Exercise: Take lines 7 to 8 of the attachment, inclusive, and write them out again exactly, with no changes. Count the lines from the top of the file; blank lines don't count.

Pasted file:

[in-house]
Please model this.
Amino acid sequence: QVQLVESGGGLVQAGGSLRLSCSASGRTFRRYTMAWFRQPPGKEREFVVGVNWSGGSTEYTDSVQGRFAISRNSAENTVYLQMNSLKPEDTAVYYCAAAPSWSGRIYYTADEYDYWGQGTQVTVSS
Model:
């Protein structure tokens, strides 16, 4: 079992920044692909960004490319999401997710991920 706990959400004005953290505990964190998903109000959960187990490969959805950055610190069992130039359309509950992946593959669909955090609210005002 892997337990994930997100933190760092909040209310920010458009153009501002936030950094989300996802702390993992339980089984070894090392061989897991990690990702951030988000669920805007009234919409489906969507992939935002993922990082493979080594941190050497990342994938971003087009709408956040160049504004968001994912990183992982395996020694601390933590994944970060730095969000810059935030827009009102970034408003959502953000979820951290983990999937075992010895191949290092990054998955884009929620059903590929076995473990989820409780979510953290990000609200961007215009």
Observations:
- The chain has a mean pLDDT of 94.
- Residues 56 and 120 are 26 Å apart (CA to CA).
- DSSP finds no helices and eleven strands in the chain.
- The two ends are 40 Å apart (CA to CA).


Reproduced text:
- The chain has a mean pLDDT of 94.
- Residues 56 and 120 are 26 Å apart (CA to CA).